BOSTON -- Clay Buchholz is capable of great things on the mound. A quick glance at his numbers last season suggest as much. His phenomenal 2010 campaign is further proof. There was the no-hitter in his second career start in 2007.
However, Buchholz's career path reads like a volatile stock report with wild fluctuations in impact season to season and even within particular seasons (as in 2013, when he dominated for two months before sitting with a neck strain for three). After a rocky performance in his 2014 debut on a crisp Saturday night at Fenway Park, the search for consistency continues.
At the very least, he has the problem pegged.
"Missed with a lot of pitches tonight. When I did [hit the target], they seemed to put the barrel on it and find some holes," said Buchholz, who gave up six runs on a career-high 13 hits in 4⅓ innings of a 7-6 loss to the Milwaukee Brewers. "Obviously, the couple of home runs they hit were pitches not where they were supposed to be. Just a lot of mistakes that they found holes for."
Buchholz's fastball sat around 89-90 mph, a decline from his career norms. However, his velocity has dipped consistently over the past few seasons, and he proved before getting hurt last season that it mattered little. The righty was absolutely dominant with more ordinary numbers on the radar gun.
Aside from having some issues getting warm (the game-time temperature was 48 degrees, with a stiff wind blowing out), there was nothing physically wrong with Buchholz on Saturday. In fact, manager John Farrell thought Buchholz looked as strong as he did during a successful spring training. Again, it was just a matter of location.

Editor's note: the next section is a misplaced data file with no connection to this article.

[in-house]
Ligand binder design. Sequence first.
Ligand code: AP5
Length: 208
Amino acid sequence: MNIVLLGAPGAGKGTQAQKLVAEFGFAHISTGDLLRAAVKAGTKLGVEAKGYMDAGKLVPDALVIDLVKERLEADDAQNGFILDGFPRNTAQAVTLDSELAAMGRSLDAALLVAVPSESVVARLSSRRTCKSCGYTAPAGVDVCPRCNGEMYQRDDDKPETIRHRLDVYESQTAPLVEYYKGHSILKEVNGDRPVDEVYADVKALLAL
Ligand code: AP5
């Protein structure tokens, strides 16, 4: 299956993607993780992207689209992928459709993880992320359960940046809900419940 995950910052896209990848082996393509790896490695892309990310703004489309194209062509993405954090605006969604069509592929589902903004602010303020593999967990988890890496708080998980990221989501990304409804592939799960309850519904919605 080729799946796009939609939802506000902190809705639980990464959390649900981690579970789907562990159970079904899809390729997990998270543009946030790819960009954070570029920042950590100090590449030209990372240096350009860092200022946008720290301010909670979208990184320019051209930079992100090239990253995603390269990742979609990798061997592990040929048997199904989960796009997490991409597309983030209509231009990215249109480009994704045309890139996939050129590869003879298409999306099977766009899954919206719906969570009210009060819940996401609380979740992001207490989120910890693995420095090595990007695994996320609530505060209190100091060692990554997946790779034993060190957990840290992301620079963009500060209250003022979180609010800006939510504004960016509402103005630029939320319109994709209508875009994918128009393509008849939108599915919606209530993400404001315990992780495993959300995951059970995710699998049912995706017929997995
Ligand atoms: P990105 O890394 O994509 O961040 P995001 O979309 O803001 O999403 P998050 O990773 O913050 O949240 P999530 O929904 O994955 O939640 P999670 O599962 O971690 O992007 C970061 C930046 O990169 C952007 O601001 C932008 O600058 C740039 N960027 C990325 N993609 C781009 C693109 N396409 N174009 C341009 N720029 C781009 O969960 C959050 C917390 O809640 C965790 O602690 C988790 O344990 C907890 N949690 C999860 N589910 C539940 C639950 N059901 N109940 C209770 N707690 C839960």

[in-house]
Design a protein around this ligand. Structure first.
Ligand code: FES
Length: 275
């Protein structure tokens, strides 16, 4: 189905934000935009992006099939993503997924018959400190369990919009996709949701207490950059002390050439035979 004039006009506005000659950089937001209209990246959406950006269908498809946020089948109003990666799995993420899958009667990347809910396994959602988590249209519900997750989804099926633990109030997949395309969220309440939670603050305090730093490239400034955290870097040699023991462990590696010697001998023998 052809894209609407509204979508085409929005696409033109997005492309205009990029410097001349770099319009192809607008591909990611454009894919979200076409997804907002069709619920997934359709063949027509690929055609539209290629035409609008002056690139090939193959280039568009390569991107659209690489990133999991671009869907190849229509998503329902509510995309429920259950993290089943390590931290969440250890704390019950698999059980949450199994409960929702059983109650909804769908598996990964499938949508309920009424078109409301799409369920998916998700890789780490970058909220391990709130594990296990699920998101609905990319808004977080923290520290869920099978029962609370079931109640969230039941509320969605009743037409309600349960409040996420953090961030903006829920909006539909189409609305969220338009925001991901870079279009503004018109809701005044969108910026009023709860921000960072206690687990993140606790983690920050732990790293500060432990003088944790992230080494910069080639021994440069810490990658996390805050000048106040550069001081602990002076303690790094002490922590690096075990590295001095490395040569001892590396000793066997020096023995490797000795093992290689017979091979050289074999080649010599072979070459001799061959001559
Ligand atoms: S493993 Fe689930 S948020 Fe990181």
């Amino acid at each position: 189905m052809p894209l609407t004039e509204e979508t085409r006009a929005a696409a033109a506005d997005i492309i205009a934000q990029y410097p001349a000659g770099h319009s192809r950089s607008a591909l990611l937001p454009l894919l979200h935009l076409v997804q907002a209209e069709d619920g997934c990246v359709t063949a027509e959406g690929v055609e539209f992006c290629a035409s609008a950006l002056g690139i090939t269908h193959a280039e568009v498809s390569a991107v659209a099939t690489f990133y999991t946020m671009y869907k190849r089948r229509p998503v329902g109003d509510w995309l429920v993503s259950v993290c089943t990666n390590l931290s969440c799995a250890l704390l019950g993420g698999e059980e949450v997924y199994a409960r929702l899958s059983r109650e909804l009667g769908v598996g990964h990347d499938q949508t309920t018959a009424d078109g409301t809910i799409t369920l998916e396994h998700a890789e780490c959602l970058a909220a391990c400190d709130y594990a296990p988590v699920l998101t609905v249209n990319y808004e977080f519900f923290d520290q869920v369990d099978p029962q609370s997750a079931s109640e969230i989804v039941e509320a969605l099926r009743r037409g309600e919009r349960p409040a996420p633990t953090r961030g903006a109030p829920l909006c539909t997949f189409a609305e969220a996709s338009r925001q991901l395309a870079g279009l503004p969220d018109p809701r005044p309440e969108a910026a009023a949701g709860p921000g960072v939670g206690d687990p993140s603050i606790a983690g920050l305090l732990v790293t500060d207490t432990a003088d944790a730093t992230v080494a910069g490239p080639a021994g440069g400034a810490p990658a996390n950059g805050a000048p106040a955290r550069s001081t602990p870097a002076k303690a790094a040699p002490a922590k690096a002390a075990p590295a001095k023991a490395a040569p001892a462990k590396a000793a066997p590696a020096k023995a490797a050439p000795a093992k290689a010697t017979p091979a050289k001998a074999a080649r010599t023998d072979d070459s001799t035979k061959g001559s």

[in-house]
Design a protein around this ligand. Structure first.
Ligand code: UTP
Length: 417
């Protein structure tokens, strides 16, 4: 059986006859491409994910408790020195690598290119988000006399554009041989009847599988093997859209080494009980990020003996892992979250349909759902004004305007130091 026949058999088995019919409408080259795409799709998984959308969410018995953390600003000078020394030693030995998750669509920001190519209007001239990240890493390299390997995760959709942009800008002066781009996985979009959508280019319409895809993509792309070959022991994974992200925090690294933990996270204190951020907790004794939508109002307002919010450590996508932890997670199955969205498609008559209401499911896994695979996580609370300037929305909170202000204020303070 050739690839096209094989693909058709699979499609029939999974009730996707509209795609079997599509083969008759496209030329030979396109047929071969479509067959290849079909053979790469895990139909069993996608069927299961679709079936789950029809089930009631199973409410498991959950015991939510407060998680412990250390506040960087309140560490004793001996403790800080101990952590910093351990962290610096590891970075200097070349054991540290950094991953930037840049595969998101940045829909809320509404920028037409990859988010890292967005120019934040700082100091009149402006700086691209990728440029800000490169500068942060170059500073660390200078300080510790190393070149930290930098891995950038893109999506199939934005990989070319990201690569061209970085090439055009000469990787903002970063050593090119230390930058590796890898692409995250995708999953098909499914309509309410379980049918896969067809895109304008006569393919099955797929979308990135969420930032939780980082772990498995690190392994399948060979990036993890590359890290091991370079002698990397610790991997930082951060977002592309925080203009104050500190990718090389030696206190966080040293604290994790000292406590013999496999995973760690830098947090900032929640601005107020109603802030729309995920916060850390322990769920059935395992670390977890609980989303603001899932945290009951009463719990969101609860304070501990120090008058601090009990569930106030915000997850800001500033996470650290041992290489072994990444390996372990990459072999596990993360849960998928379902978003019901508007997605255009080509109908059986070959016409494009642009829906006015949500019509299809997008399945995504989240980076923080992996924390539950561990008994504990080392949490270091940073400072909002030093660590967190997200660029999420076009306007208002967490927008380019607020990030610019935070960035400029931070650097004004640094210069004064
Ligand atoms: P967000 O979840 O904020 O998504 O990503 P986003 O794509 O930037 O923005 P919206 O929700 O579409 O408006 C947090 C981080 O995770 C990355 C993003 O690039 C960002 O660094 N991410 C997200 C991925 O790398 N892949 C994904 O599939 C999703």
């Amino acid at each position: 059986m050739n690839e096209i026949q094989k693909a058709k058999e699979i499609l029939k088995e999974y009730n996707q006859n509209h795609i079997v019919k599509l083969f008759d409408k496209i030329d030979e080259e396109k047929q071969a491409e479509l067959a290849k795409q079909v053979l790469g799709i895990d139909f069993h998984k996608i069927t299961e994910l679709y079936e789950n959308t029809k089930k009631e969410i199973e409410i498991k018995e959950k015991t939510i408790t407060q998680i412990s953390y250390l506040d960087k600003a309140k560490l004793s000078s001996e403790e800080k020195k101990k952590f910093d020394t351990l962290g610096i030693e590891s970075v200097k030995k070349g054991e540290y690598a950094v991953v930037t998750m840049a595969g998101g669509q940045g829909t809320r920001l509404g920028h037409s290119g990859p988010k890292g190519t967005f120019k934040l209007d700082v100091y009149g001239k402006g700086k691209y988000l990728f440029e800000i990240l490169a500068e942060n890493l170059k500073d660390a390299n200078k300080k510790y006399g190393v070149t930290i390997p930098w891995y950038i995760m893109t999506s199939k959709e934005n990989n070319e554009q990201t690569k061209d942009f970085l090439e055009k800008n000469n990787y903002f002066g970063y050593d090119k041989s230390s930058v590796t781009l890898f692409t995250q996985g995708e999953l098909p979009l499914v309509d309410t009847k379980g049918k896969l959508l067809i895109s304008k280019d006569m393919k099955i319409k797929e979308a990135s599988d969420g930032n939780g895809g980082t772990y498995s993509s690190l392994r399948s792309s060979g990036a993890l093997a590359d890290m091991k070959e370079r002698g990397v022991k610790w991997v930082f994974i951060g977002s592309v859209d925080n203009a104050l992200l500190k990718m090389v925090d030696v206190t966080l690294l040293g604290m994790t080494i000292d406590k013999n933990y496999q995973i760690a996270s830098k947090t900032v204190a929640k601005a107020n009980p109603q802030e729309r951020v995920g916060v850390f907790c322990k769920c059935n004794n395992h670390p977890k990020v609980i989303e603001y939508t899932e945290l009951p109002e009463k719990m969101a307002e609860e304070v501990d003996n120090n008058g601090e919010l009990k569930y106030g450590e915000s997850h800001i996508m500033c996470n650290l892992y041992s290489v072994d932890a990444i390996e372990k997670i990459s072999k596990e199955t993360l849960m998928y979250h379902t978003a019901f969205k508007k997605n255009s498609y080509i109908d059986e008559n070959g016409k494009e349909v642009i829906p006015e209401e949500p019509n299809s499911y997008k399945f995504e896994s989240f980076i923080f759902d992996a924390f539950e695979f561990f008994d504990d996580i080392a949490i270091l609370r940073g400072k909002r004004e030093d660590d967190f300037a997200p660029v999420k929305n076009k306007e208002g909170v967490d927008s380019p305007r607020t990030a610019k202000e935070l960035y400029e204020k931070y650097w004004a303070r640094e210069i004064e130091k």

"Clay would throw some pitches at the bottom of the strike zone, follow it up with either a changeup that was up or a breaking ball that was up, fastball might have been up at times. More than anything, it was mislocation to stuff," Farrell said.
Farrell added that the velocity was in line with spring training's. Perhaps the only alarm came in the number of times the contact was so solid.
"Uncharacteristic, because even on days when he hasn't had his best stuff, there's always been the ability to manipulate the baseball and move the ball off the bat head," Farrell said. "To their credit, they didn't miss many pitches up."
With another 30 starts or so to come, barring injury, Buchholz searched for a silver lining in all the hard hits, which included the first two home runs he has given up at Fenway Park since 2012.
"Yeah, you don't want to give up that many hits ever, but they were swinging early, and that's what I want teams to do," said Buchholz, who did not walk a batter. "I want them to swing. I want them to put balls in play. I've got to do a better job of limiting that and obviously putting pitches where I want to. I wasn't able to do that at all tonight really. That's the way the game goes sometimes. Got to figure it out before next time out."
Other members of the team also saw positives in the effort of a bullpen that allowed one run in 6⅔ innings while striking out 15. Chris Capuano, Brandon Workman, Koji Uehara and Junichi Tazawa held the Brewers scoreless though the 10th before Burke Badenhop allowed what proved to be the winning run in the 11th.
Some took pride in battling back from an early four-run deficit to tie it in the sixth, but not everyone was willing to see the glass half full.
"No moral victories in this game. You win or you lose," said catcher A.J. Pierzynski, who also offered up his take on Buchholz.
"Yeah, I know what Clay has, and I know what he's capable of. He was trying to battle. He made mistakes, and [the Brewers] didn't miss. One of those nights."
Buchholz is in line to pitch Friday at Yankee Stadium. If he returns to form and shuts down the New York Yankees, it will be another fluctuation in a quest for consistency.